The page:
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Bill Cotter

Mail car at the 1939-40 NYWF

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Sometimes I get a picture that is so badly damaged I just can't do anything with it. This one almost fell into that category. The negative was really dirty and full of scratches, plus it had some lighting issues when originally taken. I love trains, though, and I hadn't seen another one like it from the Fair, so I would work on it for a while, put it aside, go back to it in between other ones, and keep wondering if I should just give up. I think I put about 12 hours into this over the last six-nine months, but I'm happy now that I didn't walk away from it.

39-mail-car.jpg

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Got a before shot Bill?

Or how about a series of then versus now shots showing the progress?

That would be really neat

Thanks for sharing this unique view,

Randy.

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No, I didn't save the before view as I was going through so many variations on it that at one point I managed to over-write it. There were scratches all across it, a hair embedded in the emulsion on the screen section on the left, and emulsion damage lower right. Happily the clone tool heals all...

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Yes. Here's the next one in the sequence:

39-mail-car-2.jpg

This one was in much better physical condition but is a bit blurry. That's not something that can be fixed as well as scratches, unfortunately.

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I would be one of their first customers. None of the other tools that claim to help in this area seem to do it for me. Does anyone have any suggestions on one that works?

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Bill,

You should check out Hollywood.

Those CSI, Law & Order, FBI, NSA and other 3 letter agencies on TV can always take a severely pixilated image, make it crystal clear, zoom in and remove all blurs without blinking an eye! B)

Whenever I see the show plot line start working with images I always think of the term GIGO, (Garbage in, Garbage Out).

Too bad there isn't a magic restorer for the rest of us.

Randy.

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Just ask my wife how I react every time I see one of those scenes. People expect to be able to take a 40 year old Polaroid and zoom in to see the time on a clock that was on the other side of the Grand Canyon. Even better when they can actually change the camera angle.

I do a lot of volunteer work for the LAPD and it's always fun trying to explain the real world vs reel world. People come in saying that someone broke into their car and they found a long blonde hair that was left behind, so could we please do a DNA check while they wait?

If it only it was that simple.

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If it makes you two feel any better-- we often joke on the staff of CSI:NY that the minute we wrote the following exchange...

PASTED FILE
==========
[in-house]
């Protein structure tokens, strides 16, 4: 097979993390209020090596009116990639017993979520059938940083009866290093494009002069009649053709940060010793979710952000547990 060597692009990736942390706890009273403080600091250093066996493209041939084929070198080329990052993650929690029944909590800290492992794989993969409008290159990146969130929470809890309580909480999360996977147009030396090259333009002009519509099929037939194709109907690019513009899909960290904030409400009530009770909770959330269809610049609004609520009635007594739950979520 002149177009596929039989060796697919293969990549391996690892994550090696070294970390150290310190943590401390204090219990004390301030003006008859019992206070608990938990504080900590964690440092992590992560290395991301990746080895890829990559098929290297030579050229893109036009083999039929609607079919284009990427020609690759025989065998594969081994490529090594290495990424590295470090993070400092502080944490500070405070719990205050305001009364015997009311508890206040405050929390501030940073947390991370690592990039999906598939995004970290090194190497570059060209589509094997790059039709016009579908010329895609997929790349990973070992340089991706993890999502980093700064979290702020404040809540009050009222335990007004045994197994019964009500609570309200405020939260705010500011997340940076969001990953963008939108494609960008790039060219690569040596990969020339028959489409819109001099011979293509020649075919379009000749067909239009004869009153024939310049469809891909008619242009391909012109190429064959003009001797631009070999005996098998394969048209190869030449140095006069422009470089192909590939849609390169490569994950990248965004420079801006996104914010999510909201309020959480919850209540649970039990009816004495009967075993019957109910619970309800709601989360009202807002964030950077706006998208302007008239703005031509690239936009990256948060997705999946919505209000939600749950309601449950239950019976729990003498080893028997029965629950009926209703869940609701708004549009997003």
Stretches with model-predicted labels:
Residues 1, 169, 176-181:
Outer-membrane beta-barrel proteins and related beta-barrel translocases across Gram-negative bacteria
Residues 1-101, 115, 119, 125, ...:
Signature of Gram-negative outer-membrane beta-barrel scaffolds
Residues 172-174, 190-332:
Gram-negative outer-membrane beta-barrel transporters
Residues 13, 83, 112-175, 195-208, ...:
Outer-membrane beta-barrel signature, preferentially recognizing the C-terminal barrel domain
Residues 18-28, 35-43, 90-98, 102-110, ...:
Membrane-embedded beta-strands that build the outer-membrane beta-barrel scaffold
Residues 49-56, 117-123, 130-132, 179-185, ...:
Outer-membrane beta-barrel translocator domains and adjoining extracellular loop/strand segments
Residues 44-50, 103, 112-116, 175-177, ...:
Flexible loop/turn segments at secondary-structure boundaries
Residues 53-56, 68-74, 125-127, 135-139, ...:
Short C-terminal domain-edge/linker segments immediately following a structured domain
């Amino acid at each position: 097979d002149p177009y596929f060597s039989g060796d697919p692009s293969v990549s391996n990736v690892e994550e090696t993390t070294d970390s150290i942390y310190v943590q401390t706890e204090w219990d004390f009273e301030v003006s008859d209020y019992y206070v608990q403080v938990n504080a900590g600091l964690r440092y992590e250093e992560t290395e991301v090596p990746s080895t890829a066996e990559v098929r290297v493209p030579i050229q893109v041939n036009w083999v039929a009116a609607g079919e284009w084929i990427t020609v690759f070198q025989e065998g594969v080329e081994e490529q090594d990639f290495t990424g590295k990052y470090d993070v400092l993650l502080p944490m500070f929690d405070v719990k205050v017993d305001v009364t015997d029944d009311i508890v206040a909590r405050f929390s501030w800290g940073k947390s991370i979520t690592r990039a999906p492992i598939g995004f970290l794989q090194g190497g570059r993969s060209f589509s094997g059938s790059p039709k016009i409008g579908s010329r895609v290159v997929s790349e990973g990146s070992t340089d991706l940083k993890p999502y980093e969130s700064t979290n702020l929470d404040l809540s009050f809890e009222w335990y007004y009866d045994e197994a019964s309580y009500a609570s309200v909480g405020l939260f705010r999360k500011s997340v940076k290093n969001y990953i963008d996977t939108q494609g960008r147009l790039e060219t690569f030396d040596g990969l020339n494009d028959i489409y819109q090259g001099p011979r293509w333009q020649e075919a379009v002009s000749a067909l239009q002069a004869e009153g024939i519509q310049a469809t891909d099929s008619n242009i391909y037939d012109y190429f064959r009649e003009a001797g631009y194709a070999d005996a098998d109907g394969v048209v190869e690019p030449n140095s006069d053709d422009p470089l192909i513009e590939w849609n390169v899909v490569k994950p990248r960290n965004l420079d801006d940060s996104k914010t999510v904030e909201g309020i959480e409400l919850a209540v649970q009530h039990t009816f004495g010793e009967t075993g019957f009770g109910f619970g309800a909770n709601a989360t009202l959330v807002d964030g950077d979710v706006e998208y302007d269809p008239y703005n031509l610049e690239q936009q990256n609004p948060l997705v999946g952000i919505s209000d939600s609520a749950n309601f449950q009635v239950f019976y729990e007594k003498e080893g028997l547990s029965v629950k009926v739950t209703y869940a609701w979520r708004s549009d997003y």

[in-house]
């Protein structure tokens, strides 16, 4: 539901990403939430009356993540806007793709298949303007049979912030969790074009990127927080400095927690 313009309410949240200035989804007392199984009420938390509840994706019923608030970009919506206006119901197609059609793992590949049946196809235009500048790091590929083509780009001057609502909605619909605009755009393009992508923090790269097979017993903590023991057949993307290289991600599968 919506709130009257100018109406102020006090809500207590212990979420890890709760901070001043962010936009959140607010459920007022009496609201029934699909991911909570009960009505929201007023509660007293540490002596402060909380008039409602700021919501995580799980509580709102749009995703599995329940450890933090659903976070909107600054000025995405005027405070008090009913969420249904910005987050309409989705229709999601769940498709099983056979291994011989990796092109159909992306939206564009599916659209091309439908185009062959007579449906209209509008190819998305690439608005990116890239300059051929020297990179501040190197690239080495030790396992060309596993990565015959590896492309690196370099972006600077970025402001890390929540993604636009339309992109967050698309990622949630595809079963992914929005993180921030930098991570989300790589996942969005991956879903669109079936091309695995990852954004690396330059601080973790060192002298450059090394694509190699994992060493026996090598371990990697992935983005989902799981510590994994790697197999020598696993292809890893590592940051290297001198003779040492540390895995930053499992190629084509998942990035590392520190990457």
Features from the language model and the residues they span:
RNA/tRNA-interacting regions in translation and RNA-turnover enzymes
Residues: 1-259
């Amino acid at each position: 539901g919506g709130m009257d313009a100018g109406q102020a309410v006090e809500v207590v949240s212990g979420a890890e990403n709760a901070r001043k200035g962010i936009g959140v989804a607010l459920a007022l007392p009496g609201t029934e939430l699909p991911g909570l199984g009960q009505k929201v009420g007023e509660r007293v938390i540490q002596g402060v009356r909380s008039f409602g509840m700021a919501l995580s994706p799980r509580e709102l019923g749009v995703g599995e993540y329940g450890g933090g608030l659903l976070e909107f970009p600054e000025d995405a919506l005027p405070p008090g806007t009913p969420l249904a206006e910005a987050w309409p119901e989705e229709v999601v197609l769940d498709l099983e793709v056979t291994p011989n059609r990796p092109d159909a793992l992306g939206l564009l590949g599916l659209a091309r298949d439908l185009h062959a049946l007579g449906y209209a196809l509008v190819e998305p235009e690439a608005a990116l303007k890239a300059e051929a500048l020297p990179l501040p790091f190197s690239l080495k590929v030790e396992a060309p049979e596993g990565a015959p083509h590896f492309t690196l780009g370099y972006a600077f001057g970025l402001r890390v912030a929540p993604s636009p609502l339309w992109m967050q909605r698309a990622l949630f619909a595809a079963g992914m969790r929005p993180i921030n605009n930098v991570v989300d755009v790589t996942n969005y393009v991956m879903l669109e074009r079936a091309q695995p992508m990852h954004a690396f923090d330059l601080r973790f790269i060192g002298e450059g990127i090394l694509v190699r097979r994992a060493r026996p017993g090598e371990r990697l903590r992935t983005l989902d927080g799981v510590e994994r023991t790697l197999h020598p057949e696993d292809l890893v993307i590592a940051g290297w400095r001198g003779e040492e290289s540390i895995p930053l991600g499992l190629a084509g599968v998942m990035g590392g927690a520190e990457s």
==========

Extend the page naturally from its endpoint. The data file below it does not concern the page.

MAC TAYLOR: Danny, can you run this for DNA?

DANNY: Sure Mac. I'll have it back to you in two weeks.

...we'd be off the air in less time than it took to get the results!

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I can sure tell you that the people who come in to the front desk don't understand that we don't have the funding to do these tests for minor crimes, that there is a serious backlog for major crimes, and that it doesn't do any good if the suspect isn't already in the database. They know we can do it because they see it all the time so why won't we?

Of course, there are people who complain about non-technical items as well. One guy was absolutely irate as a dinner guest had his car broken into, and why didn't we have someone there to stop it from happening? I went through the crime stats for his neighborhood showing we weren't experiencing any patterns up there, so it just wasn't feasible to have a car sitting outside his house to protect his party guests. I even explained I live near him and thus watch the neighborhood reports very carefully. Didn't matter at all. He stomped out yelling about the lousy job we were doing. In this area, by the way, at night we have one car to patrol 27.5 square miles. Of course that car should be outside his house at all times, right?

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De-blurring basically has to work by boosting spatial frequencies that have been attenuated by the blur. It can work if the attenuation is not too much, but if some frequencies have been attenuated to zero or near zero, trying to boost them enough will only produce noise and artifacts. This is very much related to the theory of how a channel equalizer (ghost canceller) works for digital television, except that in an image, the blur can be a two-dimensional function (for a really complex example, think of the trails left by distant lights due to camera shake in a long hand-held night-time exposure).

By the way, some cell phone camera techniques have been developed in which the camera is deliberately focused slightly beyond infinity, thus blurring objects at all distances about the same amount. This blur is then corrected by a deblurring algorithm to give acceptable focus over a wider depth of field than a conventional correctly focused camera with no algorithm.

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Seeing how some pictures were taken with the camera moving quite a bit, you end up with images where an item can be seen moving all over the place, not just neatly up or down. I can't imagine how they would ever correct for that, but then again, Digital ROC for color correction is far better than I ever expected. Maybe someday...

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